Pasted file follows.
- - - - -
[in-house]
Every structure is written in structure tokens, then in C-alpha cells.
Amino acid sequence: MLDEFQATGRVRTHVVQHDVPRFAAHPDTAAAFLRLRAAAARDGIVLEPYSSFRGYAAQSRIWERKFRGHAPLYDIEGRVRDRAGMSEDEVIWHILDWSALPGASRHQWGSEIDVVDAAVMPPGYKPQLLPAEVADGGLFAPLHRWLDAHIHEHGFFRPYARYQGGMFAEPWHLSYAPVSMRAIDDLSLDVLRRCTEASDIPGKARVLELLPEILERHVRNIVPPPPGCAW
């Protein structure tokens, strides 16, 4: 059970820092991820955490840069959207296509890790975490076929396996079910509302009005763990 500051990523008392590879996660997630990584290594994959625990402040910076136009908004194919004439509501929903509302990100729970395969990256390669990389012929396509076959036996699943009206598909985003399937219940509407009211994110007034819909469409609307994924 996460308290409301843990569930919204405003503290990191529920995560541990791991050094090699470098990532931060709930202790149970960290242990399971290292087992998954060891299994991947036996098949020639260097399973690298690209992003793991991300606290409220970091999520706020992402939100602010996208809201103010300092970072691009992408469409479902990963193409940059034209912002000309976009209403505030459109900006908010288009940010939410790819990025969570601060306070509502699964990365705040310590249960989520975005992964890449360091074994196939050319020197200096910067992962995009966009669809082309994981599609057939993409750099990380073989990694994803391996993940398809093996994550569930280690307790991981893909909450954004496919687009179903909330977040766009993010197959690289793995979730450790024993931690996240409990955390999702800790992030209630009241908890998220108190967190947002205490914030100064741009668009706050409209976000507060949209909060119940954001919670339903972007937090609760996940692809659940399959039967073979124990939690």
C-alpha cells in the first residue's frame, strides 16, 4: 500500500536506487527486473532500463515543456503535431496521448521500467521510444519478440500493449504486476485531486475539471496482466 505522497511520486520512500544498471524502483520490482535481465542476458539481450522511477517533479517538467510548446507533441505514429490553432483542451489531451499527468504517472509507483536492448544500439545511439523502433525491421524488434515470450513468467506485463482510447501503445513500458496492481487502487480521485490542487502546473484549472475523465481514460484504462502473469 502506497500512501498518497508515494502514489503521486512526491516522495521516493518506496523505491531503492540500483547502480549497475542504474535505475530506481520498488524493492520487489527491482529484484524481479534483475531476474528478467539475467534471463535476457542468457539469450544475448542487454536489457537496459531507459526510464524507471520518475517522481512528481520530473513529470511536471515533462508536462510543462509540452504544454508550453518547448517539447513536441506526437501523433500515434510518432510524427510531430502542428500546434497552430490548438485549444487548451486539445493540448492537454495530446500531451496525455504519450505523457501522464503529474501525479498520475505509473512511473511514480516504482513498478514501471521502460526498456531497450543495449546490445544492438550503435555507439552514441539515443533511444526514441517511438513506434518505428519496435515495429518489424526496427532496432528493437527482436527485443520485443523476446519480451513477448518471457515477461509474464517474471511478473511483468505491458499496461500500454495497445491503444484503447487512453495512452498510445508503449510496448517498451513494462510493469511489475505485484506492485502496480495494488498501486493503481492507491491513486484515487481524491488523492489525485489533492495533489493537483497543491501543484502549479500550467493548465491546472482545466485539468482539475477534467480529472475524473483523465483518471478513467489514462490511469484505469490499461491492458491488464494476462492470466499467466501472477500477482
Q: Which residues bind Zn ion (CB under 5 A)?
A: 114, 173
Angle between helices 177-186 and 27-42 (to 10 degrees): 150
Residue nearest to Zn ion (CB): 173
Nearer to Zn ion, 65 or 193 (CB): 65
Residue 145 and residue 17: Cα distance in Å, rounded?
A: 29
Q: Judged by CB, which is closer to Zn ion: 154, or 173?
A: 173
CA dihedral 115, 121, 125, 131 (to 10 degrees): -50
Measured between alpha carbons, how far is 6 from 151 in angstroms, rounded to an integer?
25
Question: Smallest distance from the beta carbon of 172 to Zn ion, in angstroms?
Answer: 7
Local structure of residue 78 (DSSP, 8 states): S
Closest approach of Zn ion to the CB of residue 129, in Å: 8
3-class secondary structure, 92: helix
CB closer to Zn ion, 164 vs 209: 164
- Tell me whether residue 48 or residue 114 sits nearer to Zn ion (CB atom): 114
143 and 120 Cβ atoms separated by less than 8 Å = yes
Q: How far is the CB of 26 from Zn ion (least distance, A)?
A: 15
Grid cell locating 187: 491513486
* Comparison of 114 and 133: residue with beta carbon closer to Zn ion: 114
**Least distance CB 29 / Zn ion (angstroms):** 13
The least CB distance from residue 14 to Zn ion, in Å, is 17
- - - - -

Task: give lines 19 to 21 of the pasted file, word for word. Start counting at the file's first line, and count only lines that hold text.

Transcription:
Answer: 7
Local structure of residue 78 (DSSP, 8 states): S
Closest approach of Zn ion to the CB of residue 129, in Å: 8